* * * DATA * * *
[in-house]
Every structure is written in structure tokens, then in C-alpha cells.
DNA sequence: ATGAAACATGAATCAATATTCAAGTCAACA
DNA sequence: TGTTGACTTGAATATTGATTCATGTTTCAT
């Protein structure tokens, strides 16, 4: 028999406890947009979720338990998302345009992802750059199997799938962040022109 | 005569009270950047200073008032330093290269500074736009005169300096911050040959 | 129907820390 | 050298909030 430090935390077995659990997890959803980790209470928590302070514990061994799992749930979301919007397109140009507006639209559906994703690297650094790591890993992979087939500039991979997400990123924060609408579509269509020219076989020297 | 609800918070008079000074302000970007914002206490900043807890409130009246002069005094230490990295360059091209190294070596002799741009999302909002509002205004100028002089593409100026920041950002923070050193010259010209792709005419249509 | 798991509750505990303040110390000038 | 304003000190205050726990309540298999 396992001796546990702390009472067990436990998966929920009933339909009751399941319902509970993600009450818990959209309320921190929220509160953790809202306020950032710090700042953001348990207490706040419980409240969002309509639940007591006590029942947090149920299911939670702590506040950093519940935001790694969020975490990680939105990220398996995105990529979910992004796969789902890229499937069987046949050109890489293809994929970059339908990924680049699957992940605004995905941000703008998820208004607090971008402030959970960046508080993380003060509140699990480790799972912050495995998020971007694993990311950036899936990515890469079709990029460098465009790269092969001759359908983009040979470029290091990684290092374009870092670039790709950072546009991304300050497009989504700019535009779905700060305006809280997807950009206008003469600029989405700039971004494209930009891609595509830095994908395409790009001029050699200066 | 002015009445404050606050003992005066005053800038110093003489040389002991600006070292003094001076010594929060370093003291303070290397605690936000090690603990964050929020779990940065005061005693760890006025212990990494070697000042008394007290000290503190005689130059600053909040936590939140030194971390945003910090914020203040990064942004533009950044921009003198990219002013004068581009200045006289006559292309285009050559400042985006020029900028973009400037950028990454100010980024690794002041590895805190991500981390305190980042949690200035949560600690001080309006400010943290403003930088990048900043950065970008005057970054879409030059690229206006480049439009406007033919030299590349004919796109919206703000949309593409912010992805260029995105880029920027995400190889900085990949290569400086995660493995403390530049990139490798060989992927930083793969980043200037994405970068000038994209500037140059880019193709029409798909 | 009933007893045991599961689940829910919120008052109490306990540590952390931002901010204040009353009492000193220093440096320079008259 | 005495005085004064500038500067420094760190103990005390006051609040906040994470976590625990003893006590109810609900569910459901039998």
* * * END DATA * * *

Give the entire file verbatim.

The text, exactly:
[in-house]
Every structure is written in structure tokens, then in C-alpha cells.
DNA sequence: ATGAAACATGAATCAATATTCAAGTCAACA
DNA sequence: TGTTGACTTGAATATTGATTCATGTTTCAT
């Protein structure tokens, strides 16, 4: 028999406890947009979720338990998302345009992802750059199997799938962040022109 | 005569009270950047200073008032330093290269500074736009005169300096911050040959 | 129907820390 | 050298909030 430090935390077995659990997890959803980790209470928590302070514990061994799992749930979301919007397109140009507006639209559906994703690297650094790591890993992979087939500039991979997400990123924060609408579509269509020219076989020297 | 609800918070008079000074302000970007914002206490900043807890409130009246002069005094230490990295360059091209190294070596002799741009999302909002509002205004100028002089593409100026920041950002923070050193010259010209792709005419249509 | 798991509750505990303040110390000038 | 304003000190205050726990309540298999 396992001796546990702390009472067990436990998966929920009933339909009751399941319902509970993600009450818990959209309320921190929220509160953790809202306020950032710090700042953001348990207490706040419980409240969002309509639940007591006590029942947090149920299911939670702590506040950093519940935001790694969020975490990680939105990220398996995105990529979910992004796969789902890229499937069987046949050109890489293809994929970059339908990924680049699957992940605004995905941000703008998820208004607090971008402030959970960046508080993380003060509140699990480790799972912050495995998020971007694993990311950036899936990515890469079709990029460098465009790269092969001759359908983009040979470029290091990684290092374009870092670039790709950072546009991304300050497009989504700019535009779905700060305006809280997807950009206008003469600029989405700039971004494209930009891609595509830095994908395409790009001029050699200066 | 002015009445404050606050003992005066005053800038110093003489040389002991600006070292003094001076010594929060370093003291303070290397605690936000090690603990964050929020779990940065005061005693760890006025212990990494070697000042008394007290000290503190005689130059600053909040936590939140030194971390945003910090914020203040990064942004533009950044921009003198990219002013004068581009200045006289006559292309285009050559400042985006020029900028973009400037950028990454100010980024690794002041590895805190991500981390305190980042949690200035949560600690001080309006400010943290403003930088990048900043950065970008005057970054879409030059690229206006480049439009406007033919030299590349004919796109919206703000949309593409912010992805260029995105880029920027995400190889900085990949290569400086995660493995403390530049990139490798060989992927930083793969980043200037994405970068000038994209500037140059880019193709029409798909 | 009933007893045991599961689940829910919120008052109490306990540590952390931002901010204040009353009492000193220093440096320079008259 | 005495005085004064500038500067420094760190103990005390006051609040906040994470976590625990003893006590109810609900569910459901039998």